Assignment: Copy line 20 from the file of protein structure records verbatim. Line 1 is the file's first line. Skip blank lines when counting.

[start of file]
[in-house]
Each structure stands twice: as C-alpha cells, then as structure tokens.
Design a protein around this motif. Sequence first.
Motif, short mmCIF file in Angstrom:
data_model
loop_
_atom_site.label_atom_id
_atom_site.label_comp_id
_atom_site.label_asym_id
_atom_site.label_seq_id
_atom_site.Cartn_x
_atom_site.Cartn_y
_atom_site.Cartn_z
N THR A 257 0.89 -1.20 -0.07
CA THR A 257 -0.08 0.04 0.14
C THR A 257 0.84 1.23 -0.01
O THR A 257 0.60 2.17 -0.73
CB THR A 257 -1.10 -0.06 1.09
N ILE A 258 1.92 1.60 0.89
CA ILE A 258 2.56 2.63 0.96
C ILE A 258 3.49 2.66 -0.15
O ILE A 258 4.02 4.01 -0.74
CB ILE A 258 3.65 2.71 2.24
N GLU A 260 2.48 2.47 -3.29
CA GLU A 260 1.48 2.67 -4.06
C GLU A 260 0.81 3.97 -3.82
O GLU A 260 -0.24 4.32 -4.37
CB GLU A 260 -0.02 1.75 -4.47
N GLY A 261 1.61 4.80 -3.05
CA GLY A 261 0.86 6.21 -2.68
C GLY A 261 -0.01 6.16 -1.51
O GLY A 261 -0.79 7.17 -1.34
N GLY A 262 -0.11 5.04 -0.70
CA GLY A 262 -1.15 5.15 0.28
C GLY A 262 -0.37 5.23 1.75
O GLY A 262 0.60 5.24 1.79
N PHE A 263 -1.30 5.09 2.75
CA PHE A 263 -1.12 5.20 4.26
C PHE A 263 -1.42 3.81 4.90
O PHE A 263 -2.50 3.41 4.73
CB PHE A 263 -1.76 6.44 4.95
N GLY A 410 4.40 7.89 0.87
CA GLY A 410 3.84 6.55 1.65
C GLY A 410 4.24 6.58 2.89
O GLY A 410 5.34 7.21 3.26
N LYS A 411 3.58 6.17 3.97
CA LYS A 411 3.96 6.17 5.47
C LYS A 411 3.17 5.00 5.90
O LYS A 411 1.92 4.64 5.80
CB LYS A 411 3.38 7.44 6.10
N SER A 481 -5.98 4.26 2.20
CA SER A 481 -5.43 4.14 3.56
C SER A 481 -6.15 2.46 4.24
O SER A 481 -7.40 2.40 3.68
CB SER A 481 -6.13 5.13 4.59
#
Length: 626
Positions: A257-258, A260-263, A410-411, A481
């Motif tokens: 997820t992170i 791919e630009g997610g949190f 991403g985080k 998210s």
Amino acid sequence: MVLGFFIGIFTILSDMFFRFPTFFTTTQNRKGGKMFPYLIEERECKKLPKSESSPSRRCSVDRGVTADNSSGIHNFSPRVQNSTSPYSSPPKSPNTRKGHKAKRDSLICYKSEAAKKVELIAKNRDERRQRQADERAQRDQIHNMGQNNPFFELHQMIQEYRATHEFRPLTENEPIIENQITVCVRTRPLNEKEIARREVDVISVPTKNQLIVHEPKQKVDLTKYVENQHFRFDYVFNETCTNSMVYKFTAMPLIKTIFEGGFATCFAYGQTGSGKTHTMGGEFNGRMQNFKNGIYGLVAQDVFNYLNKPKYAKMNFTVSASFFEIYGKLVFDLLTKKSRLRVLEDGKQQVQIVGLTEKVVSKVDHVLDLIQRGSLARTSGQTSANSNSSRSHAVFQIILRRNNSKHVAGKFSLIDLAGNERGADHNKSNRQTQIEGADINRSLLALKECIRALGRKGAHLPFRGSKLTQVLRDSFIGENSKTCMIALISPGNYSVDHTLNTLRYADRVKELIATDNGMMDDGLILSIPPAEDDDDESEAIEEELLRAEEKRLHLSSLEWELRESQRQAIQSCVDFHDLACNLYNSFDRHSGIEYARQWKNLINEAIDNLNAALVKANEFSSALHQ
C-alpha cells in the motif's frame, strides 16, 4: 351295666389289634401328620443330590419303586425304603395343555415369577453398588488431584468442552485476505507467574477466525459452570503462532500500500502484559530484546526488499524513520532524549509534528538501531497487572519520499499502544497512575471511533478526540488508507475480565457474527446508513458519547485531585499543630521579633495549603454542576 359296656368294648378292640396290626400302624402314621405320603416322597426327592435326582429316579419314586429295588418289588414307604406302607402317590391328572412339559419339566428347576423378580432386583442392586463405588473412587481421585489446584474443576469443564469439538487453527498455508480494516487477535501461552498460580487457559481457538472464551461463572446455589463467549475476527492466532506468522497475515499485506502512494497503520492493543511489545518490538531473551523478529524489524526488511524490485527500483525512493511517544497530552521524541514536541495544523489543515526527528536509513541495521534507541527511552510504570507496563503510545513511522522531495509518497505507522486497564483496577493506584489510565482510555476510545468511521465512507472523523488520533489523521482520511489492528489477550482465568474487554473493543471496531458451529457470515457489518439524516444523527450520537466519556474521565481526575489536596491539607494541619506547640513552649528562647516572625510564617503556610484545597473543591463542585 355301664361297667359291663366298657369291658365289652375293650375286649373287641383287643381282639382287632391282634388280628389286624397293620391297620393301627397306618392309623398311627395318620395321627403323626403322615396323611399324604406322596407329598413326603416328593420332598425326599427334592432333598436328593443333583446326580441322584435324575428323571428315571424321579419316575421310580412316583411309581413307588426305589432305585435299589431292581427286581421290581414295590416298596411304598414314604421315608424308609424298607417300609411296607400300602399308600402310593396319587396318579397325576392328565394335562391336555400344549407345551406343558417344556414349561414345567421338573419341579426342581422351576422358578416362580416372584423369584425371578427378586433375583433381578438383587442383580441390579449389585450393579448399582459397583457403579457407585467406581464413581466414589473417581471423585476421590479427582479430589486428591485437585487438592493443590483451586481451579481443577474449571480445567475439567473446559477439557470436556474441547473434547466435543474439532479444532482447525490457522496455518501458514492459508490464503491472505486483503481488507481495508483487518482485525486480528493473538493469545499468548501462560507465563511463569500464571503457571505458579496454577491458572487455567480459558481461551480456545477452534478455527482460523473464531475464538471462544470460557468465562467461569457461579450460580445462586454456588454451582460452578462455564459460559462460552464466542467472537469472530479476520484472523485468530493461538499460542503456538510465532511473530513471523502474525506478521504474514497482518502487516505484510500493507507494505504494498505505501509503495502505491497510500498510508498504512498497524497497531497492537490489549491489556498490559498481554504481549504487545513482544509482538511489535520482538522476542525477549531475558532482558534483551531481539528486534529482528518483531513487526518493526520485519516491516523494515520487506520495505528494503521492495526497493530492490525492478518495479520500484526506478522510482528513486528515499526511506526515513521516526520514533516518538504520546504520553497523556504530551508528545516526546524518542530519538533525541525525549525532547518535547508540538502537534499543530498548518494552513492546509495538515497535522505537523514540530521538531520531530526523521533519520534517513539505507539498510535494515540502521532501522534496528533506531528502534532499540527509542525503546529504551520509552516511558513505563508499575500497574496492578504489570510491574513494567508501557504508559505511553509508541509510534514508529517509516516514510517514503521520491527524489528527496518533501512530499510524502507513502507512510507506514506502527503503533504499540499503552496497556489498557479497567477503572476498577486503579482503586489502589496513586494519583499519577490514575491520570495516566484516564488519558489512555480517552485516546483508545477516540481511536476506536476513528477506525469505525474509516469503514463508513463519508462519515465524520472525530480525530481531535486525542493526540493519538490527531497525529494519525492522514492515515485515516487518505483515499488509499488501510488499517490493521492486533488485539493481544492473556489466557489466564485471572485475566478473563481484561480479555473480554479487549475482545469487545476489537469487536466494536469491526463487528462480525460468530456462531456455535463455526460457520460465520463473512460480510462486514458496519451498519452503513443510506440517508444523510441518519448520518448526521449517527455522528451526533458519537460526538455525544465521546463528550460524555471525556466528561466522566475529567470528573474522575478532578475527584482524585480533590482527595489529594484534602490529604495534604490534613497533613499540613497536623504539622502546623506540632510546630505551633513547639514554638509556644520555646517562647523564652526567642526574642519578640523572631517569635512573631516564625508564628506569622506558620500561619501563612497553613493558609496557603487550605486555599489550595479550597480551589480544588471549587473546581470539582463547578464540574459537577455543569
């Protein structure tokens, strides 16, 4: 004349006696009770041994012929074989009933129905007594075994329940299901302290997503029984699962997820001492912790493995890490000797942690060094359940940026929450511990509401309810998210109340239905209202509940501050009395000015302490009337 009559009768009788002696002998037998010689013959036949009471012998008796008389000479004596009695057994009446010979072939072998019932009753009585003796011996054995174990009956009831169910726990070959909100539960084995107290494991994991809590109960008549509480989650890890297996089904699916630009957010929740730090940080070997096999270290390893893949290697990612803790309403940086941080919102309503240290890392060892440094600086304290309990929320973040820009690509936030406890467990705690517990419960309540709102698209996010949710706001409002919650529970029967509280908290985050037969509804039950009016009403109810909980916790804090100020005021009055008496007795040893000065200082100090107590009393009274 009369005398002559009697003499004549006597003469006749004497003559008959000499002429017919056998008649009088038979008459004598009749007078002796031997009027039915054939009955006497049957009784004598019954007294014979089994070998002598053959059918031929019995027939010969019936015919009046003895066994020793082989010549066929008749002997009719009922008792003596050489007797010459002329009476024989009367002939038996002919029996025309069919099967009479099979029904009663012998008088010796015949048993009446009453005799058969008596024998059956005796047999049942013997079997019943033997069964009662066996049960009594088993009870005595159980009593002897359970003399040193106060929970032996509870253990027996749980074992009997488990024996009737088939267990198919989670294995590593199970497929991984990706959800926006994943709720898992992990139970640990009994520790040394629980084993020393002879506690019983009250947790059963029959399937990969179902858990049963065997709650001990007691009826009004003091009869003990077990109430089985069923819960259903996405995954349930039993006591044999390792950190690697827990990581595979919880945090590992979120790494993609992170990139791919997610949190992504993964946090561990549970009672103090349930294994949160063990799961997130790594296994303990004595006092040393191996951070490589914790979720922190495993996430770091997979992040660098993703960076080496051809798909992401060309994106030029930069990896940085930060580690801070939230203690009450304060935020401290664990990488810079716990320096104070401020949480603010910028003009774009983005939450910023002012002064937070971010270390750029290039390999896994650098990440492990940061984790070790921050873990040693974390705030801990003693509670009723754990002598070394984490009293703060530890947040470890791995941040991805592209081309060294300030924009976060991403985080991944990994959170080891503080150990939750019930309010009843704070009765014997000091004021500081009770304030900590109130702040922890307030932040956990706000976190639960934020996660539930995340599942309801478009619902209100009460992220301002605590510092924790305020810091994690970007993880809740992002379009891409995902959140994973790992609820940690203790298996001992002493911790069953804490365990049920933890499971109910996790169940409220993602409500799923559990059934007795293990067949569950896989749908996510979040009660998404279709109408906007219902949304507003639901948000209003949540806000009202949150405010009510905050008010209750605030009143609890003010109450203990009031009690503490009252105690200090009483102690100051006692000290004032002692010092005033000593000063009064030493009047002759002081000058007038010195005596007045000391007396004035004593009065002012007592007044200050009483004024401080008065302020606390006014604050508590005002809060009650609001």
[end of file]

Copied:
CA ILE A 258 2.56 2.63 0.96